A dedicated ‘non-compliant social media influencers’ ASA webpage (available here) has now been introduced by the regulator to name and shame the social media influencers who, according to the webpage, ‘are in breach of the CAP Code for routinely failing to clearly disclose when they are advertising to consumers on their social media channels’.  After either failing to provide assurances to the ASA that future posts would include clear and upfront labelling, or reneging on those assurances, four influencers (Chloe Ferry, Chloe Khan, Jodie Marsh and Lucy Mecklenburgh) have been added to the dedicated list of ‘non-compliant’ influencers and will now be subject to a period of enhanced monitoring spot checks.  


The named influencers will be on the webpage for a period of three months, and other influencers who break the rules in a similar context will be added over time.


The ASA have also confirmed they will be looking to act against brands that repeatedly fail to disclose ads or do not provide the relevant assurances that ads will be properly labelled from now on.


What further sanctions are available to the ASA?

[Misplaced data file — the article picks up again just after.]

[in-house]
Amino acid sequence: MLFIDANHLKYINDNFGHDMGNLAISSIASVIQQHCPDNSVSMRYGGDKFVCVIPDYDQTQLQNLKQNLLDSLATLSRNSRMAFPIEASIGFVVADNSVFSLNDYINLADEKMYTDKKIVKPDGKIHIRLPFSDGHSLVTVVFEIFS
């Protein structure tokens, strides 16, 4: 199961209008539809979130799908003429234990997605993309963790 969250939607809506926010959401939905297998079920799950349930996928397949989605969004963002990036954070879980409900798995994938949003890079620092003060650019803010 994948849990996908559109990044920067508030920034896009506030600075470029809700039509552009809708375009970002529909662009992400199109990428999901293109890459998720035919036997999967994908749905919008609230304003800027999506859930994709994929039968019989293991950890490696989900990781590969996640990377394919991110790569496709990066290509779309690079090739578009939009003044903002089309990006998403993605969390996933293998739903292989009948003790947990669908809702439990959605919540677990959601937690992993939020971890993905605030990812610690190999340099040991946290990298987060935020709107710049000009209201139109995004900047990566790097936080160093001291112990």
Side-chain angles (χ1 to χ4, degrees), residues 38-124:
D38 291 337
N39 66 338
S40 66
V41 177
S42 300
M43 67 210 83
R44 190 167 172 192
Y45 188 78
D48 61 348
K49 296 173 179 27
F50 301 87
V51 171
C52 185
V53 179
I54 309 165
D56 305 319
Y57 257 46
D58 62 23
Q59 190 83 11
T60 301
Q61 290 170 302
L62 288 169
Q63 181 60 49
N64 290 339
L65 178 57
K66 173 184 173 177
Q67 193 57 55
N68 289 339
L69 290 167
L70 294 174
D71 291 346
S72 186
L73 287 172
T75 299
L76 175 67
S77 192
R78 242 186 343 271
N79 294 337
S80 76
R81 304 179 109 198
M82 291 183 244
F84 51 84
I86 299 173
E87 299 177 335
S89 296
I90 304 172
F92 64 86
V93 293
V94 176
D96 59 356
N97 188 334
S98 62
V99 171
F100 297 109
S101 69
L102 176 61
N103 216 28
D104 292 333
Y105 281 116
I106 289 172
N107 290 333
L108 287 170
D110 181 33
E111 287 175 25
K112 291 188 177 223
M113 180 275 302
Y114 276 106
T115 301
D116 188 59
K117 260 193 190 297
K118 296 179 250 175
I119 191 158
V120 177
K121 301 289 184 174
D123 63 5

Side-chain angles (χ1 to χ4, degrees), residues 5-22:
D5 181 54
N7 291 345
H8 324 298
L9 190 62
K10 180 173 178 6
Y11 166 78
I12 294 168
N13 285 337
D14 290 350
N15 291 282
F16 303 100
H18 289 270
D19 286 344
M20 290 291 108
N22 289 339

In addition to the bad publicity synonymous with negative ASA rulings and an appearance on the dedicated ASA non-compliance webpage, the ASA has a number of options available to try and deter non-compliant behaviour, should they wish to further sanction social media influencers and the associated brands.


Sanctions available to the regulator against brands are:


  • Ability to issue ‘Ad Alerts’ advising of non-compliance to its members, including the media, advising them to withhold services such as access to advertising space;
  • The withdrawal of certain trading privileges;
  • A requirement to have marketing material pre-vetted;
  • Arranging for internet search websites to remove a marketer’s paid-for search advertisements; and / or
  • Arranging for the ASA’s webpage to appear in search engine results when the business / individual is searched in a general context.